Behaviourism

Behaviourism defines learning as a change in the behaviour of the learner. The learning theory suggests that in order to have learning, the learners must be actively engaged and being rewarded immediately to reinforce their activity. Behaviourism concentrates on the aspects of learning that are overtly observable and measurable.  The desired behaviour is advanced by external stimuli. Therefore, it is mainly based on the stimuli-response associations: given the right stimulus, you will get the right response.

If a learner shows desirable behaviour in class, the concepts op Behaviourism tells us to reinforce this behaviour as a teacher (stimuli), as it will be likely that the desired behaviour will become more probable in the future (response). Likewise, undesirable behaviour that goes unrewarded will be extinguished. All behaviour is acquired by the shaping of behaviour using and anticipating on stimuli-response associations. The Behaviouristic learning theory emphasizes that the response is observable and measurable, as knowledge and skill can be demonstrated through the learners’ observable behaviour. 

             

History

Psychologists Pavlov, Watson and Skinner were responsible for the development of the behaviouristic learning theory in the early part of the twentieth century. Watch this video as an extra reference and get more background information on the research each of the psychologists conducted and how their ideas influenced the behaviouristic learning theory. The video will also give you extra insights on the stimuli-response model where the behaviouristic approach is based on.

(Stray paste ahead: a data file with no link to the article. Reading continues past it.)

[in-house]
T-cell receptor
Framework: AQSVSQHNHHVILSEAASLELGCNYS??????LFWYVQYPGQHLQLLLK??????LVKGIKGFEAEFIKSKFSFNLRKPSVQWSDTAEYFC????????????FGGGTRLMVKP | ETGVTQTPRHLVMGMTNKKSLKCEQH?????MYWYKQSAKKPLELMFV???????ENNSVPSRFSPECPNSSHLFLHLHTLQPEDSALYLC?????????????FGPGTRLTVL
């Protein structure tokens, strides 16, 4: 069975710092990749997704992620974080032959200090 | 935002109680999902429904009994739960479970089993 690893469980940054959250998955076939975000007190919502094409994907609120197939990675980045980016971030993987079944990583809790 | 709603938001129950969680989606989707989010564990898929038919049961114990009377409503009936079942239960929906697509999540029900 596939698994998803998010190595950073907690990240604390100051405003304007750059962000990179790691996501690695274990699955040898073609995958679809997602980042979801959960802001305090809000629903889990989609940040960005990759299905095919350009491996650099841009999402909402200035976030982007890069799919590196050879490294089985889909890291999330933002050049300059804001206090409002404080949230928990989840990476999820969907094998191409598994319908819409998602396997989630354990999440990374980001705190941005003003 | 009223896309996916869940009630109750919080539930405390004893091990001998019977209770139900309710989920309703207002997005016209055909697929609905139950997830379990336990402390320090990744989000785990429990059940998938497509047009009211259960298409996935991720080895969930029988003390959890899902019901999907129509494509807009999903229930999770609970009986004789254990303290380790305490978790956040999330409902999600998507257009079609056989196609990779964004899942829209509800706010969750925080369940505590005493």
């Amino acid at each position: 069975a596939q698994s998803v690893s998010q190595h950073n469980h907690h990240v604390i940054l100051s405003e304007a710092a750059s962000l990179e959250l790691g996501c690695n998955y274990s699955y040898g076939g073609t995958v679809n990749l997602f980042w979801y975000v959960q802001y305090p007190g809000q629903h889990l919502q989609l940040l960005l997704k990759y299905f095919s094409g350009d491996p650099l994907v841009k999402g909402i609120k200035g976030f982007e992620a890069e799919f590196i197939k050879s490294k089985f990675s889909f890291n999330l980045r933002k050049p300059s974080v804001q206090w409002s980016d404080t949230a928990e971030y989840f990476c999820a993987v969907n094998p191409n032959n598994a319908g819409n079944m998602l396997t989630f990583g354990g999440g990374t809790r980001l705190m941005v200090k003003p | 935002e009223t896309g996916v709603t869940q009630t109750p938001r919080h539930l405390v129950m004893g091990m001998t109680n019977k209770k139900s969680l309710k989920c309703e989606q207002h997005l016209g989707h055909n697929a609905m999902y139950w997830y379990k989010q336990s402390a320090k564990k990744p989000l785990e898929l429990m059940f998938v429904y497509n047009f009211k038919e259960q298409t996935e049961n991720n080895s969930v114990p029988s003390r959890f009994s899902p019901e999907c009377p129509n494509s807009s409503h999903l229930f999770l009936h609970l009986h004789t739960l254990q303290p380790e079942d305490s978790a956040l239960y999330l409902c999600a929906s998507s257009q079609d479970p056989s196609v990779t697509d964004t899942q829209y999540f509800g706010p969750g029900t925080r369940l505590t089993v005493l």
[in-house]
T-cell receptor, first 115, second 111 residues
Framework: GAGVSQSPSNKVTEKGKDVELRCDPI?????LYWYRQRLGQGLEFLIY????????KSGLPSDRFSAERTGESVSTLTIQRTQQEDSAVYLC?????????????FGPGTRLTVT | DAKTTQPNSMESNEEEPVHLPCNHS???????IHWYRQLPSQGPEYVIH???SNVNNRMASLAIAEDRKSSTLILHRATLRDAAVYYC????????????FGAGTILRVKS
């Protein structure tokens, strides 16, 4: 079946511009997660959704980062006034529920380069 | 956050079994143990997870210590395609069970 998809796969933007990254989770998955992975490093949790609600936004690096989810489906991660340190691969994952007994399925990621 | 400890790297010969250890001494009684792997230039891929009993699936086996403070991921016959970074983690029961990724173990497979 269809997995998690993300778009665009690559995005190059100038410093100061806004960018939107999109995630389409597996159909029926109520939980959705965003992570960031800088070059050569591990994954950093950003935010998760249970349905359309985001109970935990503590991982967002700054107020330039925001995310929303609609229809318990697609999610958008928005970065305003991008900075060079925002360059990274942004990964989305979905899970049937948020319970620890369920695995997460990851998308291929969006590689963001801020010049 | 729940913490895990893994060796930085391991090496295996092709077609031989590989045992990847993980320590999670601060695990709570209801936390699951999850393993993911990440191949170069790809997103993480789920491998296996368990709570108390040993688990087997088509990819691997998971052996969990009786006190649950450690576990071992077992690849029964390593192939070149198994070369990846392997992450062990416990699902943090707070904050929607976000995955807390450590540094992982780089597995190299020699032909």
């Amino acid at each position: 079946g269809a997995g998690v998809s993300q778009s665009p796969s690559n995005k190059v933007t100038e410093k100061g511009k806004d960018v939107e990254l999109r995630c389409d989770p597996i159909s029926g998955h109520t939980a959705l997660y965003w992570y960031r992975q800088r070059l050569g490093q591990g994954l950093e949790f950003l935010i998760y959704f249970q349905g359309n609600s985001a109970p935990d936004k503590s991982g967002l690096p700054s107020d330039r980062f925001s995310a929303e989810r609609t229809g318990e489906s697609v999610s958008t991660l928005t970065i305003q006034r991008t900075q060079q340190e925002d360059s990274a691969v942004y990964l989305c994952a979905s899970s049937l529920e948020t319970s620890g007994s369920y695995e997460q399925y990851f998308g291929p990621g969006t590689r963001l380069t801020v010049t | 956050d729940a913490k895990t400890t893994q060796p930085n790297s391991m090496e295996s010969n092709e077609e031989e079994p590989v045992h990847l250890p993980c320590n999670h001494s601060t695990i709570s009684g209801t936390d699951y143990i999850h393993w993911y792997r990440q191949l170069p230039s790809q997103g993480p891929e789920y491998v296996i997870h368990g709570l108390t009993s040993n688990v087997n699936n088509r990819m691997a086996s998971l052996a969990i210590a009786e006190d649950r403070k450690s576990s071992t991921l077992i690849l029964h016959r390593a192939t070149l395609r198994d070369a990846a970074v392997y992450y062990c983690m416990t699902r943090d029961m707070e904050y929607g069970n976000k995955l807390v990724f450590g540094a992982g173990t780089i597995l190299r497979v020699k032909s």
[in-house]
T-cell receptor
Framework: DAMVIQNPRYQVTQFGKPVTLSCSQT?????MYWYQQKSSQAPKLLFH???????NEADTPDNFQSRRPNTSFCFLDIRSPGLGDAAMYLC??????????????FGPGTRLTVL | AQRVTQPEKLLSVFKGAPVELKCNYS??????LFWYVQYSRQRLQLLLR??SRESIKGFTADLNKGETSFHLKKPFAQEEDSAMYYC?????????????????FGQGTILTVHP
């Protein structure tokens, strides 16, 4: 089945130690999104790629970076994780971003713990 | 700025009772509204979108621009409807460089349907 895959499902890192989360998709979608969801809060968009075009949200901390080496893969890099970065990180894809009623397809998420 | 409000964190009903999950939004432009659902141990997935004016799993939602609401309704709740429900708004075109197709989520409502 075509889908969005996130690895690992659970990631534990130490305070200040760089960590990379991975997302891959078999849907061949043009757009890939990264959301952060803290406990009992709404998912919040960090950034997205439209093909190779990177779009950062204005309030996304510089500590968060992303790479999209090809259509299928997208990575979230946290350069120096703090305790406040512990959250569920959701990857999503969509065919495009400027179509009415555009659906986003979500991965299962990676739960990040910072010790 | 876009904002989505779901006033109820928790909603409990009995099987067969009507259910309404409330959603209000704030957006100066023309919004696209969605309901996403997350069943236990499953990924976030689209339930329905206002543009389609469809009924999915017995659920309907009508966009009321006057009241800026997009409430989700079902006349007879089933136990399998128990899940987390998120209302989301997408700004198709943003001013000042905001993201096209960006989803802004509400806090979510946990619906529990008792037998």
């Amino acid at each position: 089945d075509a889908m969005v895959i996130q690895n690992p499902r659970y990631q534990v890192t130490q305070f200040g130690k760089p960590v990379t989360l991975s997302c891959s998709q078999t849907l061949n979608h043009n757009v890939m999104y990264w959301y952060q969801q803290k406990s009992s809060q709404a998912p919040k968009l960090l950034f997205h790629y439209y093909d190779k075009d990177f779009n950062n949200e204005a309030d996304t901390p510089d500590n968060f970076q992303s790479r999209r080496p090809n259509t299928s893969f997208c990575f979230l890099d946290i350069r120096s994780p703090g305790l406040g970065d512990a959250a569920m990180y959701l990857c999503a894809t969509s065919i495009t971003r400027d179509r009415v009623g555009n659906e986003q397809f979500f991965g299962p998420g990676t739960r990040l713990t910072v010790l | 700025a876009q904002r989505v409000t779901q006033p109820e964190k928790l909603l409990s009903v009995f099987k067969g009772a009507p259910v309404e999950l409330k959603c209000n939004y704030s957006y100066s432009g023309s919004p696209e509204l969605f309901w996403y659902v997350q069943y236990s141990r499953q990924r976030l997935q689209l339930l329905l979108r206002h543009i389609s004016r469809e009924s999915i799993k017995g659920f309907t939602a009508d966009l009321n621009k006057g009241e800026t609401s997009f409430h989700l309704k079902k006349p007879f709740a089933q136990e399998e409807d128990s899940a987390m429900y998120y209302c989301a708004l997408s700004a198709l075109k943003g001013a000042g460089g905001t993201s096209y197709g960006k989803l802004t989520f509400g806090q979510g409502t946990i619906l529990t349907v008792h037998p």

Key principles and classroom implications

The main principles underpinning the behaviouristic learning theory are:

  • Learning at its best takes place through the teacher taking control over the learning process, who is actively reinforcing learners in order to get the desirable learning outcomes
  • Learning outcomes are measurable/observable
  • Repetition and practice is key to achieve learning, as it strengthens the relation between stimulus of the teachers and the desired response by the learner
  • Feedback is vital to achieve learning, as the teachers stimulates the learner to give the desired response to measure learning outcomes
  • Positively reinforced behaviour (for example, by rewards, praise or recognition) is likely to be repeated
  • Negatively reinforced behaviour (for example, by ignorance) is less likely to be repeated


                                                                                   

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Last modified: Friday, 21 Aug 2020, 16:49